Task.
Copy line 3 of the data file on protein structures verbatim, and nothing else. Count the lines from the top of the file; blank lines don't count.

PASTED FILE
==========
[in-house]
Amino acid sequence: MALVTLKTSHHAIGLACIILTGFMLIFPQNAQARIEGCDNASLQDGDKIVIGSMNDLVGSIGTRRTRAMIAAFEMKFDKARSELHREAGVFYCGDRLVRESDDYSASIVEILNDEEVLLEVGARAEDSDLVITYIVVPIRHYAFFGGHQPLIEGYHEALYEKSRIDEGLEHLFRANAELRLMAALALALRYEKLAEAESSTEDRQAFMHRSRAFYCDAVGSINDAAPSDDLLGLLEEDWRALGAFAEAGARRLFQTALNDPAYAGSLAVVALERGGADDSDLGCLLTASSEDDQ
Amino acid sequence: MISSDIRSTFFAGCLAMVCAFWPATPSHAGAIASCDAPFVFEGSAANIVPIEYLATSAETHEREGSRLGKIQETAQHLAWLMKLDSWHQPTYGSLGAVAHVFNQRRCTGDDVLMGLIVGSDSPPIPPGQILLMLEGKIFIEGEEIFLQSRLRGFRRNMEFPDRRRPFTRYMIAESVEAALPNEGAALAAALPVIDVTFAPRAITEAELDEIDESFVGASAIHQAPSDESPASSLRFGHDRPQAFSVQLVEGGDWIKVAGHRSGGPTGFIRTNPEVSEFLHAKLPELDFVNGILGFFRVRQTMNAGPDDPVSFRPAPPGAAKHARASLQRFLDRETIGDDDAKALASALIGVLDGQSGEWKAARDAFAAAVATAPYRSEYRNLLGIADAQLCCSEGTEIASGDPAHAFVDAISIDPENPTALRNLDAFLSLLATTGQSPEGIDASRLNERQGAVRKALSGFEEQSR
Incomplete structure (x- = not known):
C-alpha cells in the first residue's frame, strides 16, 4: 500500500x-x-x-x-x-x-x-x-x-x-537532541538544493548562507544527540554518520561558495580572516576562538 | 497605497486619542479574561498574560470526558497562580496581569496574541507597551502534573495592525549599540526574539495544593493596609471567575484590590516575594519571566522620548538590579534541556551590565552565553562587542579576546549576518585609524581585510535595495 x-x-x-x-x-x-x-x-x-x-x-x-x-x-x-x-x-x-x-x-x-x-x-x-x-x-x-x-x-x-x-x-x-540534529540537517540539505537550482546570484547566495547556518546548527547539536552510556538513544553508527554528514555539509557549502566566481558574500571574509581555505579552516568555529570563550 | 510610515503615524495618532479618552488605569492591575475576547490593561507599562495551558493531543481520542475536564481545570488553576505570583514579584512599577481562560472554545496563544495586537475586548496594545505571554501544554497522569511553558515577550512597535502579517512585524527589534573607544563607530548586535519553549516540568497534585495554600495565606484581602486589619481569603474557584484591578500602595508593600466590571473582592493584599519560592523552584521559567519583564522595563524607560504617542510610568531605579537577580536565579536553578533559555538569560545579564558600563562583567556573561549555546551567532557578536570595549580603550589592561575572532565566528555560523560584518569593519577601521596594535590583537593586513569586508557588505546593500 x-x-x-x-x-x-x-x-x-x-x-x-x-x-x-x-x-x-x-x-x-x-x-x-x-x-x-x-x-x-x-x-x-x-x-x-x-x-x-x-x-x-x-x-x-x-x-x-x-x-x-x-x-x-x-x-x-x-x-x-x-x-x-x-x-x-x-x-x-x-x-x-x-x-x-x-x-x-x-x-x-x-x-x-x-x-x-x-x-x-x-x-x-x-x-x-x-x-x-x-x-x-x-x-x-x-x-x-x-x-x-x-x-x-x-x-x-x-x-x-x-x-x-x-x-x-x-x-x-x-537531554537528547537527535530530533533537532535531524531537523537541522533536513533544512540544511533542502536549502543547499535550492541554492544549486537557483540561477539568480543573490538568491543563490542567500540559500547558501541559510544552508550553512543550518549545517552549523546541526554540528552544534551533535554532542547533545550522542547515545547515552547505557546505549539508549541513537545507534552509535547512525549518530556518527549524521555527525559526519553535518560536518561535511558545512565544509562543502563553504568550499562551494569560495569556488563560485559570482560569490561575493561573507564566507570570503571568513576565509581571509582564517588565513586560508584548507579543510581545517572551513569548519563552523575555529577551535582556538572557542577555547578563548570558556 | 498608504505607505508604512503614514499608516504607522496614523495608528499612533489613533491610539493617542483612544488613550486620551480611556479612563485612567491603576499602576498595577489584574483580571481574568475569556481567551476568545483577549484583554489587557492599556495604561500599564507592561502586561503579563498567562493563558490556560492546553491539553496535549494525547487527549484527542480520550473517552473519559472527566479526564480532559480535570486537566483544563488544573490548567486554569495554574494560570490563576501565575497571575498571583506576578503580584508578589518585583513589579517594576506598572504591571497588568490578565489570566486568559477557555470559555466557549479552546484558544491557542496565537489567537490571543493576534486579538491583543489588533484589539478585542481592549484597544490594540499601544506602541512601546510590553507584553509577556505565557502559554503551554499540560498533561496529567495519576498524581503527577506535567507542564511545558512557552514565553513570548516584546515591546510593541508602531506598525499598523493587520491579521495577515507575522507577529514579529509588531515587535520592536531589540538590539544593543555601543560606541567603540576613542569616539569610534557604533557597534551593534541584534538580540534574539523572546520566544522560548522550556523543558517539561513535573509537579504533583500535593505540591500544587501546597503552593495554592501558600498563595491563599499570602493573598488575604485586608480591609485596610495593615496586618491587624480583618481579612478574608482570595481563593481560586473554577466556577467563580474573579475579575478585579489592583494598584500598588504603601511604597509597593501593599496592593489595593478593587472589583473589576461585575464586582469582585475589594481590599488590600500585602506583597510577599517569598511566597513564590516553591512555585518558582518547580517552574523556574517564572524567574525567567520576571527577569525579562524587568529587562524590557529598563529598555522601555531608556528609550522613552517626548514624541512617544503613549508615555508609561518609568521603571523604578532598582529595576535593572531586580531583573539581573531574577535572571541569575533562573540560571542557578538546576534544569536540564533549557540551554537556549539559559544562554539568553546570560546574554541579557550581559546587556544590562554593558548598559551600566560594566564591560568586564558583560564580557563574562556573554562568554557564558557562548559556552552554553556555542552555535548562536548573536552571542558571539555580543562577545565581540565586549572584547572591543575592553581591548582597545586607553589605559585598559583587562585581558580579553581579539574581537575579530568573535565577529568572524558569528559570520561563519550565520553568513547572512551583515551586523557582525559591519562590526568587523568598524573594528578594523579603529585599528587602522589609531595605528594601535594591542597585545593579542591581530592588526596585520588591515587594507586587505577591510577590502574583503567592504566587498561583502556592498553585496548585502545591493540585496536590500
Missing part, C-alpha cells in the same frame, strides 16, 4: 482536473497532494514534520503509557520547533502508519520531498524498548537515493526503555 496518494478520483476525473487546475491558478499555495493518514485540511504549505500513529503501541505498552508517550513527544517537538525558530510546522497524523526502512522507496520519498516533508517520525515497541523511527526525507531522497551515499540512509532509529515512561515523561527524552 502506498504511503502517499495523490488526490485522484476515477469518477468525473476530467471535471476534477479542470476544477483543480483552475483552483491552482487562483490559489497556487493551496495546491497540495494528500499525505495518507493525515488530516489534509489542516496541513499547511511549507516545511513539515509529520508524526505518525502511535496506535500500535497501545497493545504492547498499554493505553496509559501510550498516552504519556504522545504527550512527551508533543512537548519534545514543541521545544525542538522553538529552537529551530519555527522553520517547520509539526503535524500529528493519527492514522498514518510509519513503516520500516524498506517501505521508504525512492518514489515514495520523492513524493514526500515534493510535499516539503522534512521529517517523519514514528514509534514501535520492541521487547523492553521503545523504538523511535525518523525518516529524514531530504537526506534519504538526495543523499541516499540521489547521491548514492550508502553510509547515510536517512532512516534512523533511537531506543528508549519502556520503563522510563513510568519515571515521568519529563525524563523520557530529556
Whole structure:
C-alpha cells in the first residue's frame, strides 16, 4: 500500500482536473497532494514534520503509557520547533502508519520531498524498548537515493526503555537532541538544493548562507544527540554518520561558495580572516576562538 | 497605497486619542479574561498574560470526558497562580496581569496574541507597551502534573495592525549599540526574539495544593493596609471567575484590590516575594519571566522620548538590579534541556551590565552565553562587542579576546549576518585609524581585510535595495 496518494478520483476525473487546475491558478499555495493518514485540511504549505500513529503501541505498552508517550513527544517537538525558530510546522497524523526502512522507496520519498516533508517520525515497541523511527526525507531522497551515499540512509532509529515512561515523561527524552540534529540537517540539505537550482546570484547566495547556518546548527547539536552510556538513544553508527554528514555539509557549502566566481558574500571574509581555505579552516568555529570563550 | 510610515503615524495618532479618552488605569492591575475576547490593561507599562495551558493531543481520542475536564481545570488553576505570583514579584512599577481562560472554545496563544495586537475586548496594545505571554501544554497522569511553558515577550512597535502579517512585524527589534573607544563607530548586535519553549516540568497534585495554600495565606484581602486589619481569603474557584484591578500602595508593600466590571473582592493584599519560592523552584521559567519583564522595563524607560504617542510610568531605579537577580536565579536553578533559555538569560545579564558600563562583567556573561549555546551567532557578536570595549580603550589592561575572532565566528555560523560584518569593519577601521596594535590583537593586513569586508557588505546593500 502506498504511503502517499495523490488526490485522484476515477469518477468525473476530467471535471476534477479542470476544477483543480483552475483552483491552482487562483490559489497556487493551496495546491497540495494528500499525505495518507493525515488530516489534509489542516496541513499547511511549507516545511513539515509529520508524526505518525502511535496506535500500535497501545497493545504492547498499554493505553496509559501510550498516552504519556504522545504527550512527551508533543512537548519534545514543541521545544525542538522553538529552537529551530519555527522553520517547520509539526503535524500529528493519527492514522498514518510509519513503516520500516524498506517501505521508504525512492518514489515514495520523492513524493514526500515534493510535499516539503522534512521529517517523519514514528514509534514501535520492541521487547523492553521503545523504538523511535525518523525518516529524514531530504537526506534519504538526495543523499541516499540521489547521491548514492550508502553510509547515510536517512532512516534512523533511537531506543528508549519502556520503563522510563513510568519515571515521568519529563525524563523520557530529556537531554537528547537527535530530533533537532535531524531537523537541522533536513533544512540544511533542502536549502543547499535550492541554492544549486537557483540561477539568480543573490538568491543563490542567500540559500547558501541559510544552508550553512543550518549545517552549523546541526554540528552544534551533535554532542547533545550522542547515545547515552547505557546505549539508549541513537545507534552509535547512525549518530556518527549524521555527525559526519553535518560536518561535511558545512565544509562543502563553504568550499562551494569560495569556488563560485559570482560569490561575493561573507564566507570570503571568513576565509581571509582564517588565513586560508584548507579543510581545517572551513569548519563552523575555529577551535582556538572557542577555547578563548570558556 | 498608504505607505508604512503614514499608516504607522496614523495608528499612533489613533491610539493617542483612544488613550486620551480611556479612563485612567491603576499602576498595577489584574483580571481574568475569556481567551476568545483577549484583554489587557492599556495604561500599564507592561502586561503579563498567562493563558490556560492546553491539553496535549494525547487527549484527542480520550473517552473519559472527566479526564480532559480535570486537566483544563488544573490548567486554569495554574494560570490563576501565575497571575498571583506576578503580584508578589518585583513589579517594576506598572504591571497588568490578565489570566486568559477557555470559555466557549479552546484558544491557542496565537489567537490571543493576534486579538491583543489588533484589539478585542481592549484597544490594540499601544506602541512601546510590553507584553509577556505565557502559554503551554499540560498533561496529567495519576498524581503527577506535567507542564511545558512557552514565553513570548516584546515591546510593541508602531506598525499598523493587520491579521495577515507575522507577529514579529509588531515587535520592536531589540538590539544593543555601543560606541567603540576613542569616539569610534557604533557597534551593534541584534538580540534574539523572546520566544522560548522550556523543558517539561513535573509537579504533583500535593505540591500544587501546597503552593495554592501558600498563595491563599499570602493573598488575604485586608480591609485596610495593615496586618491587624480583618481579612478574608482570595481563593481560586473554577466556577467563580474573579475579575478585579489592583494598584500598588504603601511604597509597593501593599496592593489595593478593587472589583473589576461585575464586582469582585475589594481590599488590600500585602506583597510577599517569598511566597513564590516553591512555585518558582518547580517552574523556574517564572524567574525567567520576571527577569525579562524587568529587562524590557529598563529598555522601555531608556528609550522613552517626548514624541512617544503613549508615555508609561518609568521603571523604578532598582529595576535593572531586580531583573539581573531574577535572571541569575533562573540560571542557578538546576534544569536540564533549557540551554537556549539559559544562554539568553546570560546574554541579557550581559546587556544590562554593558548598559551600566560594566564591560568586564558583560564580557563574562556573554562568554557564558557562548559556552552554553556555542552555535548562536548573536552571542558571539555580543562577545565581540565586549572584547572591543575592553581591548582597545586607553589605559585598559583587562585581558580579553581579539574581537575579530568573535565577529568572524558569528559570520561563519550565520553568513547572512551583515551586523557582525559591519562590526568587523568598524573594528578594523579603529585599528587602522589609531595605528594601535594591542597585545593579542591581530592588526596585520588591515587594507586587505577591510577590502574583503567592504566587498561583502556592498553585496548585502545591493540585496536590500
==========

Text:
Amino acid sequence: MISSDIRSTFFAGCLAMVCAFWPATPSHAGAIASCDAPFVFEGSAANIVPIEYLATSAETHEREGSRLGKIQETAQHLAWLMKLDSWHQPTYGSLGAVAHVFNQRRCTGDDVLMGLIVGSDSPPIPPGQILLMLEGKIFIEGEEIFLQSRLRGFRRNMEFPDRRRPFTRYMIAESVEAALPNEGAALAAALPVIDVTFAPRAITEAELDEIDESFVGASAIHQAPSDESPASSLRFGHDRPQAFSVQLVEGGDWIKVAGHRSGGPTGFIRTNPEVSEFLHAKLPELDFVNGILGFFRVRQTMNAGPDDPVSFRPAPPGAAKHARASLQRFLDRETIGDDDAKALASALIGVLDGQSGEWKAARDAFAAAVATAPYRSEYRNLLGIADAQLCCSEGTEIASGDPAHAFVDAISIDPENPTALRNLDAFLSLLATTGQSPEGIDASRLNERQGAVRKALSGFEEQSR